The New Zealand government enforces this rule to ensure that all titles and ranks are earned rather than given at birth. It's not a bad rule, especially thinking of how naming a child King or Princess could affect their personality. Royal names just may come royal attitudes and expectations.
Made ever more popular by famed children's author Lewis Carroll, the name Alice has permeated French and English culture since the 12th century. As a name associated with nobility, truth and childhood curiosity, there doesn't seem to be anything too off-putting about Alice.
However, ministry officials in Saudi Arabia have added Alice to a list of banned names alongside other popular English girls' names, such as Linda and Elaine. The culture and religion of Saudi Arabia are highly valued by the people that live there, and any name that either contradicts that culture or religion or is seen as blasphemous is summarily banned.
Ah, Friday, one of the best days of the week. In 2008, an Italian couple seemed to be thinking the same thing when they attempted to name their son Venerdi (Friday). Italian courts weren't too happy with this, as they believed that a boy named Friday was likely to have a rough time in school.
In Italy, it is forbidden to give a child a name that may embarrass them. There's a servant called Friday In a famous work of literature, and Italian courts concluded that the association was shameful. The parent's response? Their next child will be named Wednesday.
Who doesn't love a good 1980's action film? The explosions, cheesy dialogue and outrageous villains can make us laugh, cry and cheer. Naturally, parents might be tempted to name their child after one of these larger-than-life heroes, but parents in Sonora, Mexico, must avoid this temptation.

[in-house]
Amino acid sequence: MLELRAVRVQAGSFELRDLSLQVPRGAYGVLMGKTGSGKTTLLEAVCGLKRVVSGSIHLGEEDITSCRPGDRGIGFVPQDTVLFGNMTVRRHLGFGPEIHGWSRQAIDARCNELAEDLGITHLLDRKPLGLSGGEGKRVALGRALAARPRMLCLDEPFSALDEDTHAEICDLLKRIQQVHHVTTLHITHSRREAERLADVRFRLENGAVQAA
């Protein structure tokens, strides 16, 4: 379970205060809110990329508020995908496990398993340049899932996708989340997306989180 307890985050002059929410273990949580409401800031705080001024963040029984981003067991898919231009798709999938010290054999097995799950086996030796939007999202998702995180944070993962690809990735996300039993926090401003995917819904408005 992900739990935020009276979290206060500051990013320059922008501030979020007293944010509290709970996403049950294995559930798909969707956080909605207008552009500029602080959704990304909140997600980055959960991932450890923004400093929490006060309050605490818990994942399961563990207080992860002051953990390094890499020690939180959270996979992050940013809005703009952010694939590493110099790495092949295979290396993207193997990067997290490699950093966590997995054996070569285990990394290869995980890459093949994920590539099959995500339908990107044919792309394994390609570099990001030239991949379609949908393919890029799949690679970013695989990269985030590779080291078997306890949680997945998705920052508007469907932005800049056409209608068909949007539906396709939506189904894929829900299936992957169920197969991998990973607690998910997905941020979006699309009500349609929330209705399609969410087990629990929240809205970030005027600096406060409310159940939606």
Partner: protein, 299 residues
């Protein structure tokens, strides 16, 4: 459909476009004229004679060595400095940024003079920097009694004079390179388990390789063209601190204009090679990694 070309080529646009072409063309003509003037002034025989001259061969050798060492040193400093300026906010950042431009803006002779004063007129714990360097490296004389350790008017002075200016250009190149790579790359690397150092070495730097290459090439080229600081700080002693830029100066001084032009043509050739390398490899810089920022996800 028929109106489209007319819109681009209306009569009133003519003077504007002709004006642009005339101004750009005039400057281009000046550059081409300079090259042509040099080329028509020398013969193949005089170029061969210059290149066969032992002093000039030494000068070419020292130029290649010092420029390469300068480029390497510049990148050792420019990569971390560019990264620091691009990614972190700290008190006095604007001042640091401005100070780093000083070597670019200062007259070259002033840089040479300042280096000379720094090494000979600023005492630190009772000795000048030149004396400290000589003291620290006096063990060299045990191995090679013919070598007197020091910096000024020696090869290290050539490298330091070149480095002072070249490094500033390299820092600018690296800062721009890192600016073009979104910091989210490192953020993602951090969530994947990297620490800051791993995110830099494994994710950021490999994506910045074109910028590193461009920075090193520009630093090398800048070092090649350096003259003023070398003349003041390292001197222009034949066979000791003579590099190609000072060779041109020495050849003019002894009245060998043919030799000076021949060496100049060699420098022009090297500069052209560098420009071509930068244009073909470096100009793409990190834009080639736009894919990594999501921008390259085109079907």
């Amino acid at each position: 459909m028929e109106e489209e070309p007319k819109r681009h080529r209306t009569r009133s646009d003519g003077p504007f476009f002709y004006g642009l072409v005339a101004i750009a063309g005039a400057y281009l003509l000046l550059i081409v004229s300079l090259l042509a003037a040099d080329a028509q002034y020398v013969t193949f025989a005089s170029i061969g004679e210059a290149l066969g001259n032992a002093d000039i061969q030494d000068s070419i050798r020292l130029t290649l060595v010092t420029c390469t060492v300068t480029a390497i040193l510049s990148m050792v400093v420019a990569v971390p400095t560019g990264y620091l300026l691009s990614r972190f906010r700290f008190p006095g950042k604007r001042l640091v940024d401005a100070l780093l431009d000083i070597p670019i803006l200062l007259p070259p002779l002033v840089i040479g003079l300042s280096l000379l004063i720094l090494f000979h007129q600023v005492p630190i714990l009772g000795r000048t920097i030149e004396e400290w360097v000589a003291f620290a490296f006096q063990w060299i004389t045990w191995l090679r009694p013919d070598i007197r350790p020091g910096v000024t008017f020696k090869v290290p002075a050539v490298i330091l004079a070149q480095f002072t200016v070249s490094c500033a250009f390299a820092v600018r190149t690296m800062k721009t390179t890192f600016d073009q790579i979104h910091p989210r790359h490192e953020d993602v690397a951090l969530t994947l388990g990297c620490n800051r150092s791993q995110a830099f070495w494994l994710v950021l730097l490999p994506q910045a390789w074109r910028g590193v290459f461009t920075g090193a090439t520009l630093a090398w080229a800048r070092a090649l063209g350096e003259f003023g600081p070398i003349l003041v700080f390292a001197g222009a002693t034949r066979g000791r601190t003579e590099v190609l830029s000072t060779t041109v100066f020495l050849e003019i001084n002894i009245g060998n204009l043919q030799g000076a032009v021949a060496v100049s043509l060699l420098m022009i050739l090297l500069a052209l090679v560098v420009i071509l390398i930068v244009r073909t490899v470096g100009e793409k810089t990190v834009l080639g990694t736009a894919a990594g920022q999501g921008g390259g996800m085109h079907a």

More than sixty names are banned in this Mexican state, including Robocop, Rambo, Batman and Rolling Stone. The Mexican government does its best to ensure that children do not end up with names that could make them targets to bullies, but how many kids would want to pick on a boy named Robocop?
The strawberry is one of the world's most popular fruits, which is why it's so surprising that it's also one of the world's most banned names! Many countries, such as Germany, Denmark and Malaysia, have banned all fruit, plant and animal names, citing the fact that they could cause embarrassment for the child.
In 2015, this sentiment affected a French couple who gave their child the name Fraise (Strawberry). The final verdict was that the name was too humiliating and would likely lead to mockery in later life. The parents and the judge ultimately compromised and agreed on the name Fraisine.
It may seem strange that the name Sarah is illegal considering how it has consistently stayed within the top thirty baby names for girls since 1978. This ban gets even weirder when you realize that the country responsible for the illegality of Sarah allows the alternate spelling, Sara.
Moroccan children must have names that represent the cultural identity of Morocco. Morrocan officials believe that the Hebrew name Sarah does not fall under the national identity, but the Arabic name Sara does. While the two names have an identical or similar pronunciation, the letter H makes all the difference, legally speaking.
Parents tend to give their children names that represent attractive qualities, so it should come as no surprise that a family in Hungary wanted to name their little girl after one of the most desirable, brilliant minerals in existence: Diamonds.